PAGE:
New Pet Tick Prevention.
New Pet Daily Prevention
Dogs are very susceptible to tick bites and tick-borne diseases. Daily prevention behaviors can help reduce tick encounters for your new pet, you and your family.
The BLAST acronym stands for:
Bathe within two hours of outdoor activity
Look for ticks and rashes daily
Apply repellents to skin and clothing
Spray the yard and maintain a tick-safe landscape
Treat pets with veterinarian recommended products
These points highlight the most effective evidence- based recommendations for avoiding tick attachments and potential tickborne diseases. The program is based on peridomestic Lyme disease prevention research conducted in Connecticut.
Do Frequent Tick Checks
Ticks live in woodland edges, leaf litter, ground cover and other shady areas with high humidity. When your dog visits these outdoors areas, including your backyard, a tick may crawl onto your pet. You may be able to see a tick crawling on the surface hair of your pet. Ticks crawl along your pet and may eventually attach. These attached ticks can be more difficult to find. To look for attached ticks, feel for bumps and spread your pet’s hair to look closer to their skin to see attached ticks. Be sure to look where ticks like to hide:
- In and around the ears
- Around the eyelids
- Under the collar
- Under front legs
- Between back legs
- Between toes
- Around the tail
Create a fun habit of doing tick checks when your dog comes inside. Include brushing your dog. If your new pet is not familiar with being touched or handled, talk with your veterinarian about handling conditioning.
Check your pets collar, leashes and frequently wash your dog’s clothing and bedding.
Remember to check yourself for ticks after checking your pet!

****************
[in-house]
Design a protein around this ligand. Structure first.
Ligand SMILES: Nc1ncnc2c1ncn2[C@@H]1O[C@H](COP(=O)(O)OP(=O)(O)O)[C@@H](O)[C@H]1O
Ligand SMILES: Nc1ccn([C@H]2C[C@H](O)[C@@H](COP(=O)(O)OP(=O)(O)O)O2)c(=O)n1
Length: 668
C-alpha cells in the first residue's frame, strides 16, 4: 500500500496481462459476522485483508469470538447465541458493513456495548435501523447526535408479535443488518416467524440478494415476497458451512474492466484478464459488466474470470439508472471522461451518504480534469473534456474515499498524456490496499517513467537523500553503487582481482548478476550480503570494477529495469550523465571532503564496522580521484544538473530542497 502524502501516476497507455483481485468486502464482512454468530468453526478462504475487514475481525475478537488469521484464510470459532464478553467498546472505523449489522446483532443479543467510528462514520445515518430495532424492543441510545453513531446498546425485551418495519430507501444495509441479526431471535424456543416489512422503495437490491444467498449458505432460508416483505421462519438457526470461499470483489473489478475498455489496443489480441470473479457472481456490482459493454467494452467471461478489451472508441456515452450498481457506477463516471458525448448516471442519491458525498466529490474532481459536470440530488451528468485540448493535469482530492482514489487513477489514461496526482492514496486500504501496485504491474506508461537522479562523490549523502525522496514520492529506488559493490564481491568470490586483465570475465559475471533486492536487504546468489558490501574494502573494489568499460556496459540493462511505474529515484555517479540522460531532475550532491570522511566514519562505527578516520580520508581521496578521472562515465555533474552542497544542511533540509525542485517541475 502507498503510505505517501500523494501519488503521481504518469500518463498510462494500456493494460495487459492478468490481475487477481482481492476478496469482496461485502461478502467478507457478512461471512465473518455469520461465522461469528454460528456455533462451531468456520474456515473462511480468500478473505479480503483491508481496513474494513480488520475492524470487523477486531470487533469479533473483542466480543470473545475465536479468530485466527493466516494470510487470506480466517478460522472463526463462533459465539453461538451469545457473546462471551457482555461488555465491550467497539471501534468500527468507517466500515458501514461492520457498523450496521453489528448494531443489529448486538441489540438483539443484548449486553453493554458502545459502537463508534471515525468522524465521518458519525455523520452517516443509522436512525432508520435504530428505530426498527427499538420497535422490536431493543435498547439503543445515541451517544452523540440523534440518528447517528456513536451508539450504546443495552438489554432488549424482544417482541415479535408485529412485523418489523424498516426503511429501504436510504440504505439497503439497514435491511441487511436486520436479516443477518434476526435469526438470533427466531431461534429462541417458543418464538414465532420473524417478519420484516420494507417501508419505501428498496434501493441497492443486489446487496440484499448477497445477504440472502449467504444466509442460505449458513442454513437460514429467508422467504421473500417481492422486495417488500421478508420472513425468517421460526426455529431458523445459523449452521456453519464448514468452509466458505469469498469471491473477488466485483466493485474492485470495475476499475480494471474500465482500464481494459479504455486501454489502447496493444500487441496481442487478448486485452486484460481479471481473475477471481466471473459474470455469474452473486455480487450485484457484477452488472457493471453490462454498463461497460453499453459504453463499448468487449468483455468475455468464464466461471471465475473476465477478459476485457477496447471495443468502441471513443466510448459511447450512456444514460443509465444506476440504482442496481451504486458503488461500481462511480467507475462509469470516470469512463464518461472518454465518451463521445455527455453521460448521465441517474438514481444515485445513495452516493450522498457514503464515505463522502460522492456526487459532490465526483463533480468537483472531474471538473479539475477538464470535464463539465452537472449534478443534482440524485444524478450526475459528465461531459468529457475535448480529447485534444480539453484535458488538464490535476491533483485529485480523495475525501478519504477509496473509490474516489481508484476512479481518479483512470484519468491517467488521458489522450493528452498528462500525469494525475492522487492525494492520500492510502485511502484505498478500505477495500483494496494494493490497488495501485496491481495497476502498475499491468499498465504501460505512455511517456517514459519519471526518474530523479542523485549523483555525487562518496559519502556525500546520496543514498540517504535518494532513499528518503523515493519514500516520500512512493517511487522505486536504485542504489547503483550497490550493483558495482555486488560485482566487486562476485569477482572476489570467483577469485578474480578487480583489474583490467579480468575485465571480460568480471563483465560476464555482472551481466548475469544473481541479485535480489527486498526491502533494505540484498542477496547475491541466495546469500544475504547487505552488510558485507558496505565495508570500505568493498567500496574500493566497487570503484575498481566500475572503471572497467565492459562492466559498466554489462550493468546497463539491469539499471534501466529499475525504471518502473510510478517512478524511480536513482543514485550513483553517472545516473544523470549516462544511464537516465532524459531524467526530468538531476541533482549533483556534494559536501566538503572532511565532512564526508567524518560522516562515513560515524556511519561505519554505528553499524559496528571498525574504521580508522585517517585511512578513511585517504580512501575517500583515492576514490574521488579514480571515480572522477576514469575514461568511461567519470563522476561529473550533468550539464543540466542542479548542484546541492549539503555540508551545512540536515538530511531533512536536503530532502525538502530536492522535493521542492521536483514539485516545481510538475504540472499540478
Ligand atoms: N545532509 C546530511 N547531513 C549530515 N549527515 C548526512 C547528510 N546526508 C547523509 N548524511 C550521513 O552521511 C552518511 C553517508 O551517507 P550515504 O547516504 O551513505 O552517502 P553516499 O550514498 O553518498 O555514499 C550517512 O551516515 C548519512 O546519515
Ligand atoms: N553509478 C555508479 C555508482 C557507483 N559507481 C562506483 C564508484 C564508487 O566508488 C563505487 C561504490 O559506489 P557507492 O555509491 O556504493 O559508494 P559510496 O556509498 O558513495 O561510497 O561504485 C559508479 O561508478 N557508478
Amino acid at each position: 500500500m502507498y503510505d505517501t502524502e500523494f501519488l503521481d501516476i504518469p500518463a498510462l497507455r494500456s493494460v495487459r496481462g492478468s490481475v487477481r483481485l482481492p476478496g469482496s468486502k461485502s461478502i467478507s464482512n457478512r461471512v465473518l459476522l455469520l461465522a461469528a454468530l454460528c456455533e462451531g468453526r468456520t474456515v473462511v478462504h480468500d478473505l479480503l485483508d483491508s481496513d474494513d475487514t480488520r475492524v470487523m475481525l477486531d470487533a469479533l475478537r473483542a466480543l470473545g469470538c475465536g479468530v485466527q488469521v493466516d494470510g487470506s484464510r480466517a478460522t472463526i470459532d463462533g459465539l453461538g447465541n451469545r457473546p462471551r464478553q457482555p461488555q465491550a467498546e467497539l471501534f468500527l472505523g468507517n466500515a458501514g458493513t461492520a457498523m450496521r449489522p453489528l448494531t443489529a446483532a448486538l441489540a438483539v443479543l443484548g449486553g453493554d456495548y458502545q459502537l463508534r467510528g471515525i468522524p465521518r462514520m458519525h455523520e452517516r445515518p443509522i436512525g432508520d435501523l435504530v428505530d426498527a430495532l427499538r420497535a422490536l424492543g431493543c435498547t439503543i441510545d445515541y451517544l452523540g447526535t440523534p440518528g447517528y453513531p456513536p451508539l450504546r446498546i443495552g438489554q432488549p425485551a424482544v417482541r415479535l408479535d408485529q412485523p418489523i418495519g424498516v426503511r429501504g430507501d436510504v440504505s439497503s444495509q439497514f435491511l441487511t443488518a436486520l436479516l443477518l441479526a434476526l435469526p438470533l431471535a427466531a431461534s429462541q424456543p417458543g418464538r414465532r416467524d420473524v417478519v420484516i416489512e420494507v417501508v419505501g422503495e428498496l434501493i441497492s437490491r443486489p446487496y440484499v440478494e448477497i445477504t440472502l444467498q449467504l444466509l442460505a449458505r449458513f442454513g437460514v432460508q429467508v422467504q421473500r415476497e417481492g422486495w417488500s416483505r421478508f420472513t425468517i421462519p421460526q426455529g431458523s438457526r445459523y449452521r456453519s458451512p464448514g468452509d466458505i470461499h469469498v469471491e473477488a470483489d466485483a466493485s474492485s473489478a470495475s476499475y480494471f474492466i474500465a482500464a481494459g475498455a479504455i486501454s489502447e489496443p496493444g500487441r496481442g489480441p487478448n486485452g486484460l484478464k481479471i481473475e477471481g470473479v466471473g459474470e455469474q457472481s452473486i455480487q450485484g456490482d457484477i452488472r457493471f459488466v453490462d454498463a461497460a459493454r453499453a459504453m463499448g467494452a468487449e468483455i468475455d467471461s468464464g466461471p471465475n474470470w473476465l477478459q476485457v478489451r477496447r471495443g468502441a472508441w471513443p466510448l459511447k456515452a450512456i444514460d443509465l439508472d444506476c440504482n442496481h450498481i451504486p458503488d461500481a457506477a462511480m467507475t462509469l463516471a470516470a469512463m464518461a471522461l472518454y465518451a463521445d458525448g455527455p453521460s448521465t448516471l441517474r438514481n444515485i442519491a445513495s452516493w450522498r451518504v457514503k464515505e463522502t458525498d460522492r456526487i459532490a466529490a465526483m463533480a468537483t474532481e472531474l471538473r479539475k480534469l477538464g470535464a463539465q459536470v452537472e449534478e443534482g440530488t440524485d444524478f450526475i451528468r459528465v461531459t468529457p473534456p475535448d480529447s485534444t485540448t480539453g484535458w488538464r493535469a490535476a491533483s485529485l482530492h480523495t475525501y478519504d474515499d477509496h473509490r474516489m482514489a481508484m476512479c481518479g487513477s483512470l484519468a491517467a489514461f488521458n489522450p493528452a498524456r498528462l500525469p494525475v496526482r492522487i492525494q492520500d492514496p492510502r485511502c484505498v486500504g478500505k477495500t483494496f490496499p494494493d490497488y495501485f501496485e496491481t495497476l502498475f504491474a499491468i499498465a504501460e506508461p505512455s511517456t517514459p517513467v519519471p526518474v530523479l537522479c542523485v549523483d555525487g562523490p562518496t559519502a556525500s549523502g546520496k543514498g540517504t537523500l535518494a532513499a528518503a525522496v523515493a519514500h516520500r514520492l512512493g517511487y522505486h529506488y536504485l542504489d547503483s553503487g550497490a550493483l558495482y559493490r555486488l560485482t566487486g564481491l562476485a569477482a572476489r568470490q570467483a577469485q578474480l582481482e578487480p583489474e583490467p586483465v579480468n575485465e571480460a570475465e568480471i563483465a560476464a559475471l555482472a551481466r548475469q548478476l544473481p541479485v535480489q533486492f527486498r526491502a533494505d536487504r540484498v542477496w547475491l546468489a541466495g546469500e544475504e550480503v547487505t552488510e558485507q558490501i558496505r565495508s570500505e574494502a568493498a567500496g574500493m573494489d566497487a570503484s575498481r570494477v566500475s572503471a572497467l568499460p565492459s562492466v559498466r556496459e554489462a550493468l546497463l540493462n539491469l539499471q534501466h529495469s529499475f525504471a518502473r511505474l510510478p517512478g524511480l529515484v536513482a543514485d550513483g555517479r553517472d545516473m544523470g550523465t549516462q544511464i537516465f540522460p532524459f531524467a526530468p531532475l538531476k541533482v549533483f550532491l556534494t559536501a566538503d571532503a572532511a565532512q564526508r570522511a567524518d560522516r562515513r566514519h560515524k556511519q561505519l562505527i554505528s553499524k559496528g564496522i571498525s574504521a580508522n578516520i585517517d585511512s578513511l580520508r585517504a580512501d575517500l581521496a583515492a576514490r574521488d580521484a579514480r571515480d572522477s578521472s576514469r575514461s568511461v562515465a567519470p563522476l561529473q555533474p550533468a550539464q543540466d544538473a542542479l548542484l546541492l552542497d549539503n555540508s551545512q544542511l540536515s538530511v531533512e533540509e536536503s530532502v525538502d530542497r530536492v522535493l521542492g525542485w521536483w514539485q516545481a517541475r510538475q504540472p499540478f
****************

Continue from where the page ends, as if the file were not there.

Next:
Tick Removal from Dogs
If you find an attached tick, use tweezers or a tick removal pet tool to grasp the tick as close to the skin’s surface as possible.
Pull upward with steady, even pressure. Don't twist or jerk the tick. Do not try folklore remedies such as "painting" the tick with nail polish or petroleum jelly, or using heat to make the tick detach from the skin. Your goal is to remove the tick as quickly as possible--not waiting for it to detach.
If you see a tick crawling along the surface hair you can use a piece of tape to tab it off and then securely wrap it in tape. Lint rollers may also pick up ticks on the surface.
*Tip Bring a roll of tape with you on walks and hikes to quickly and easily remove ticks crawling on surface hair.
*Tip Keep the tweezers and tape in a convenient location, for example with the dog leashes, so that you can quickly retrieve them when you find a tick.
Learn Your New Dogs Behaviors
Getting to know your new pet’s typical behavior, energy levels, eating habits will give you a baseline to compare if you notice tick borne disease symptoms.
Signs of tick-borne disease may not appear for 7-21 days or longer after a tick attachment.
Some typical symptoms are:
- Lack of appetite
- Fatigue and fever
Call your veterinarian if you notice symptoms.
Discussion Points for your Veterinarian
Your veterinarian will help you decide on prevention products that fit your pet’s health needs and your lifestyle. There are a number of options including collars, topical treatments and chewable tablets. There is also an annual Lyme disease vaccine for dogs.
Give your veterinarian a clear picture of your pet’s lifestyle and chance of exposure to tick habitats.
Tell your veterinarian about your home environment:
- Your yard area that your pet frequents
- Wildlife on your property and neighborhood
- Cats in the home
Tell your veterinarian about outdoor activities:
- Walks, hiking
- Camping, fishing, hunting
- Dog parks, boarding, day care
- Places that you and pet travel.
Talk with your veterinarian about consistent application of prevention products. Discuss the type and frequency of application that is best for your lifestyle.
Reduce the Number of Ticks in your Backyard
Consider the area that your pet frequents while outside and consider creating a space that is unfriendly to ticks. Ticks live in woodland edges, leaf litter, ground cover and other shady areas with high humidity.